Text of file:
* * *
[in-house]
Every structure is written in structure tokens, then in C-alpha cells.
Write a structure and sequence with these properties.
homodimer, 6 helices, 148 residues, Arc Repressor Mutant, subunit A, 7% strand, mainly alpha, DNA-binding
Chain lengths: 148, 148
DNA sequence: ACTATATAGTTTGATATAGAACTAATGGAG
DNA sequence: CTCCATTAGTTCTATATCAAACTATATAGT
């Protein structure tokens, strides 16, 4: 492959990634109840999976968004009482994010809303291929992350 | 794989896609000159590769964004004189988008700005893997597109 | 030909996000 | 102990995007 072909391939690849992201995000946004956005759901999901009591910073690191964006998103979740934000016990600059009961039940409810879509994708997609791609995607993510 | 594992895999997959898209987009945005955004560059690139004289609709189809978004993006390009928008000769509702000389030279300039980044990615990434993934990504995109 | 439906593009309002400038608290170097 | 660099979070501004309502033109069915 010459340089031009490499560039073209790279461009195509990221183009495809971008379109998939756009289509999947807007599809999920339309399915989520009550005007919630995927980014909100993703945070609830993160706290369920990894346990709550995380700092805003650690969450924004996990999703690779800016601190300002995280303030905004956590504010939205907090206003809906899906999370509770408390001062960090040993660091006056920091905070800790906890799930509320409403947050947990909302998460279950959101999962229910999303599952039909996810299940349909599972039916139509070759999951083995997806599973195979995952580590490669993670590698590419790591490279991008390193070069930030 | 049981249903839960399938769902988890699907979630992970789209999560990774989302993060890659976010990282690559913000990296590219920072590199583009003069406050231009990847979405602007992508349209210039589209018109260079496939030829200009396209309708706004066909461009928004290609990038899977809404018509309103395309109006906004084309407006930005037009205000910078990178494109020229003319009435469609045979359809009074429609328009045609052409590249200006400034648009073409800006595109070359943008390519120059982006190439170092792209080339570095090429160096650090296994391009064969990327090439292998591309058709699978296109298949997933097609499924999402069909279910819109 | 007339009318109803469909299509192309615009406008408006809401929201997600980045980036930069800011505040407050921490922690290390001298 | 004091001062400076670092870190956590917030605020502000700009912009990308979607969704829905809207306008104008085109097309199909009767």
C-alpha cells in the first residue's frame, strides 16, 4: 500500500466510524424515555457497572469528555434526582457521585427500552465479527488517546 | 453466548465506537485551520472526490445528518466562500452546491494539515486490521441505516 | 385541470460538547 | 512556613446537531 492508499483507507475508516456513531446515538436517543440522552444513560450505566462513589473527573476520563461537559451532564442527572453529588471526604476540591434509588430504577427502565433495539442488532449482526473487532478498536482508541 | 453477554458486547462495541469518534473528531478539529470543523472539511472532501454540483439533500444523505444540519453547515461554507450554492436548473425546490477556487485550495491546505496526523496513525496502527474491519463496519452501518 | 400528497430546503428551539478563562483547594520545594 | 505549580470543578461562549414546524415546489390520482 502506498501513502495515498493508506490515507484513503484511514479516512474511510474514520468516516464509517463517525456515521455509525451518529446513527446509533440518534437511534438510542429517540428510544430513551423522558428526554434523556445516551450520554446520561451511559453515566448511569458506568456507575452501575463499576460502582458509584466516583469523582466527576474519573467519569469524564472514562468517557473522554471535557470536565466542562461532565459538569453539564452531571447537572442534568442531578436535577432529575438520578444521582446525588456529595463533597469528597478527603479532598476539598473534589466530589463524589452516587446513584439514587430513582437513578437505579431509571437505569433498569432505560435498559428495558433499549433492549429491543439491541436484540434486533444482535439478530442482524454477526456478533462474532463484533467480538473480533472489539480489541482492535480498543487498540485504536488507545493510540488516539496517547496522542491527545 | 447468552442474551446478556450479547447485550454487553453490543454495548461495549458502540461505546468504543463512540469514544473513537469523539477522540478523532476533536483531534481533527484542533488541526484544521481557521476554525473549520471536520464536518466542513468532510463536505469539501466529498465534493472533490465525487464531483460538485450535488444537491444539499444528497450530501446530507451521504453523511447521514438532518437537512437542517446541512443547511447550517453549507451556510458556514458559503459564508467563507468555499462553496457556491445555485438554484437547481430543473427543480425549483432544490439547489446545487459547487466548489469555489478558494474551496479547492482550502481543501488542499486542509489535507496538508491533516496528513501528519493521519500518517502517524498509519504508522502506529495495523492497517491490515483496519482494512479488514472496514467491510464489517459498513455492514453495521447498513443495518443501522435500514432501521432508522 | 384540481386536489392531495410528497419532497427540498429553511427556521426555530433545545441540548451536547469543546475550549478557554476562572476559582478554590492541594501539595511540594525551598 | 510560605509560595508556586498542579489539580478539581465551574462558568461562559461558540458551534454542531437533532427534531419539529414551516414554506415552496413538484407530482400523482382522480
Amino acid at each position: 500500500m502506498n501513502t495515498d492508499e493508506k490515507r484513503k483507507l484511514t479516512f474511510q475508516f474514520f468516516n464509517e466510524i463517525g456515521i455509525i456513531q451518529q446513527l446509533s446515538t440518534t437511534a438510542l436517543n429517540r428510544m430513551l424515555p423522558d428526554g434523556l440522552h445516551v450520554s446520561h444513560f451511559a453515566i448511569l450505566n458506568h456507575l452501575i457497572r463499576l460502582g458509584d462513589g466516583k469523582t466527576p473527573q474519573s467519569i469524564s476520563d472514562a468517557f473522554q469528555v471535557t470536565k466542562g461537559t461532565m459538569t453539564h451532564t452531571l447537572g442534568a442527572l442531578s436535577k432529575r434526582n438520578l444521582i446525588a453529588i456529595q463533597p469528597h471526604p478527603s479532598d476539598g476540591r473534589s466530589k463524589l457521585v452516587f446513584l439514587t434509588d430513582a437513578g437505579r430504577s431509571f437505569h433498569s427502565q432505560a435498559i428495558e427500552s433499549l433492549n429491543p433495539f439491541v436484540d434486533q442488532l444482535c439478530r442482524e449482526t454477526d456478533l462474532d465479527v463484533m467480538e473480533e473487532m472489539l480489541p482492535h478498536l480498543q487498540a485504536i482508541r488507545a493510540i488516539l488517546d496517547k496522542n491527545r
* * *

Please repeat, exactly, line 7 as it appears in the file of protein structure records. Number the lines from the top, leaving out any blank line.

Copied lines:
DNA sequence: CTCCATTAGTTCTATATCAAACTATATAGT